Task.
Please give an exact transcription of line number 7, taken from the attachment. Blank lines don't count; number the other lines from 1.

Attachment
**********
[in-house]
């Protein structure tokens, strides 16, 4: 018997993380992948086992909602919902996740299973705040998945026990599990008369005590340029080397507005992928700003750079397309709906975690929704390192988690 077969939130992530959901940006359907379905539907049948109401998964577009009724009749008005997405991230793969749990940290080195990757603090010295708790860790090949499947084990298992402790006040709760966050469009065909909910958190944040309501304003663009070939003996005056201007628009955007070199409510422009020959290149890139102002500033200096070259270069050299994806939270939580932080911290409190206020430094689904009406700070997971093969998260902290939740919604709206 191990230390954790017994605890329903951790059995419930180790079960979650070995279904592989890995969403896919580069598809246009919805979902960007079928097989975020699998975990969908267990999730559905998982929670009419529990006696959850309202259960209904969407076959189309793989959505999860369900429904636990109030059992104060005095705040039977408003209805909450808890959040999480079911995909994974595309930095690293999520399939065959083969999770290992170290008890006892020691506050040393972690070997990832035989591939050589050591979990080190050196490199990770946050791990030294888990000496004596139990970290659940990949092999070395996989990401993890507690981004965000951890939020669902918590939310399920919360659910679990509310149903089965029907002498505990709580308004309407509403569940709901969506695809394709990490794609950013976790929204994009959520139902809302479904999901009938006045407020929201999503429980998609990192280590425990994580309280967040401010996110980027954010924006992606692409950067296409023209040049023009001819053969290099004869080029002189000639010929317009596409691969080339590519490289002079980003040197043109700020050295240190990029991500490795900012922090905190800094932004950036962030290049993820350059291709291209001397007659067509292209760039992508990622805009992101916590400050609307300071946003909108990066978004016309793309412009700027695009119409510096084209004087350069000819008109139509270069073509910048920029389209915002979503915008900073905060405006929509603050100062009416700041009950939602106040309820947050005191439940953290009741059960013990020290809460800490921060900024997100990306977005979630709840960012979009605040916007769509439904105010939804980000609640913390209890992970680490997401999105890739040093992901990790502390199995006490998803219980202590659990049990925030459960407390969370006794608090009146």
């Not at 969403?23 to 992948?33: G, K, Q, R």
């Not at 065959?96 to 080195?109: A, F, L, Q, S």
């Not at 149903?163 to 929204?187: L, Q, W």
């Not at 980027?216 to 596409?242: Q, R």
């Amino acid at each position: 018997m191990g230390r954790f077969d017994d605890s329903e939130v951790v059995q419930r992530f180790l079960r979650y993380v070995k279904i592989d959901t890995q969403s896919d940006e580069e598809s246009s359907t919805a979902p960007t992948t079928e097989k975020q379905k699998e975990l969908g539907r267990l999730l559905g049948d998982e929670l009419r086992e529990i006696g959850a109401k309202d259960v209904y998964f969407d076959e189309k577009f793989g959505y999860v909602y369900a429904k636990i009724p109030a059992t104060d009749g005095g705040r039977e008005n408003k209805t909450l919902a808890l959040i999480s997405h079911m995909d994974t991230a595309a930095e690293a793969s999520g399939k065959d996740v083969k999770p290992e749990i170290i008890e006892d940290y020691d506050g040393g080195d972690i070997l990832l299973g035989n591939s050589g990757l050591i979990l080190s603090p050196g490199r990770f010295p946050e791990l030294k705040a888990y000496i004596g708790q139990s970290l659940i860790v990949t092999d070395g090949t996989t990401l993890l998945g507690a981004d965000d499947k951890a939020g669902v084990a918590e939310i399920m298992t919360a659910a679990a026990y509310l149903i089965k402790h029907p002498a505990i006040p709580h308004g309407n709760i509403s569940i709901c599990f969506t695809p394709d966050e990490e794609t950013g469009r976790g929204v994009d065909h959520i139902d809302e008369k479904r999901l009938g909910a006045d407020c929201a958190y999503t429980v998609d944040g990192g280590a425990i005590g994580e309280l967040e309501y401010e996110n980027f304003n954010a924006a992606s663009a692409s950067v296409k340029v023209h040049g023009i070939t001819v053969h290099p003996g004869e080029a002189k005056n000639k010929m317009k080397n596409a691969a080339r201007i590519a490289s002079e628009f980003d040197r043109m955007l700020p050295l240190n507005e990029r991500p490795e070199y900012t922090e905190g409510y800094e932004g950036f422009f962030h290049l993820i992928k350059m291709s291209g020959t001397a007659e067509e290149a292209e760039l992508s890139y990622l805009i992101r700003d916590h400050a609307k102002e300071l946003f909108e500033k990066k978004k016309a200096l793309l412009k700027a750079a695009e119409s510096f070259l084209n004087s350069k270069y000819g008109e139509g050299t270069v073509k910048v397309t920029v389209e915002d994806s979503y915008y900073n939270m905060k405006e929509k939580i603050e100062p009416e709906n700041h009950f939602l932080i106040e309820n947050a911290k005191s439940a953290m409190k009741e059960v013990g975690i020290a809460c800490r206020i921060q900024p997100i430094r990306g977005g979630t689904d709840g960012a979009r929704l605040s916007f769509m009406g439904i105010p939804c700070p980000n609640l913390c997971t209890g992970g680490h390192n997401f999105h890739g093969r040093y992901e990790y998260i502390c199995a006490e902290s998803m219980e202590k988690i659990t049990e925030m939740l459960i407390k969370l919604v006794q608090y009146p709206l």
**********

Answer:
């Amino acid at each position: 018997m191990g230390r954790f077969d017994d605890s329903e939130v951790v059995q419930r992530f180790l079960r979650y993380v070995k279904i592989d959901t890995q969403s896919d940006e580069e598809s246009s359907t919805a979902p960007t992948t079928e097989k975020q379905k699998e975990l969908g539907r267990l999730l559905g049948d998982e929670l009419r086992e529990i006696g959850a109401k309202d259960v209904y998964f969407d076959e189309k577009f793989g959505y999860v909602y369900a429904k636990i009724p109030a059992t104060d009749g005095g705040r039977e008005n408003k209805t909450l919902a808890l959040i999480s997405h079911m995909d994974t991230a595309a930095e690293a793969s999520g399939k065959d996740v083969k999770p290992e749990i170290i008890e006892d940290y020691d506050g040393g080195d972690i070997l990832l299973g035989n591939s050589g990757l050591i979990l080190s603090p050196g490199r990770f010295p946050e791990l030294k705040a888990y000496i004596g708790q139990s970290l659940i860790v990949t092999d070395g090949t996989t990401l993890l998945g507690a981004d965000d499947k951890a939020g669902v084990a918590e939310i399920m298992t919360a659910a679990a026990y509310l149903i089965k402790h029907p002498a505990i006040p709580h308004g309407n709760i509403s569940i709901c599990f969506t695809p394709d966050e990490e794609t950013g469009r976790g929204v994009d065909h959520i139902d809302e008369k479904r999901l009938g909910a006045d407020c929201a958190y999503t429980v998609d944040g990192g280590a425990i005590g994580e309280l967040e309501y401010e996110n980027f304003n954010a924006a992606s663009a692409s950067v296409k340029v023209h040049g023009i070939t001819v053969h290099p003996g004869e080029a002189k005056n000639k010929m317009k080397n596409a691969a080339r201007i590519a490289s002079e628009f980003d040197r043109m955007l700020p050295l240190n507005e990029r991500p490795e070199y900012t922090e905190g409510y800094e932004g950036f422009f962030h290049l993820i992928k350059m291709s291209g020959t001397a007659e067509e290149a292209e760039l992508s890139y990622l805009i992101r700003d916590h400050a609307k102002e300071l946003f909108e500033k990066k978004k016309a200096l793309l412009k700027a750079a695009e119409s510096f070259l084209n004087s350069k270069y000819g008109e139509g050299t270069v073509k910048v397309t920029v389209e915002d994806s979503y915008y900073n939270m905060k405006e929509k939580i603050e100062p009416e709906n700041h009950f939602l932080i106040e309820n947050a911290k005191s439940a953290m409190k009741e059960v013990g975690i020290a809460c800490r206020i921060q900024p997100i430094r990306g977005g979630t689904d709840g960012a979009r929704l605040s916007f769509m009406g439904i105010p939804c700070p980000n609640l913390c997971t209890g992970g680490h390192n997401f999105h890739g093969r040093y992901e990790y998260i502390c199995a006490e902290s998803m219980e202590k988690i659990t049990e925030m939740l459960i407390k969370l919604v006794q608090y009146p709206l």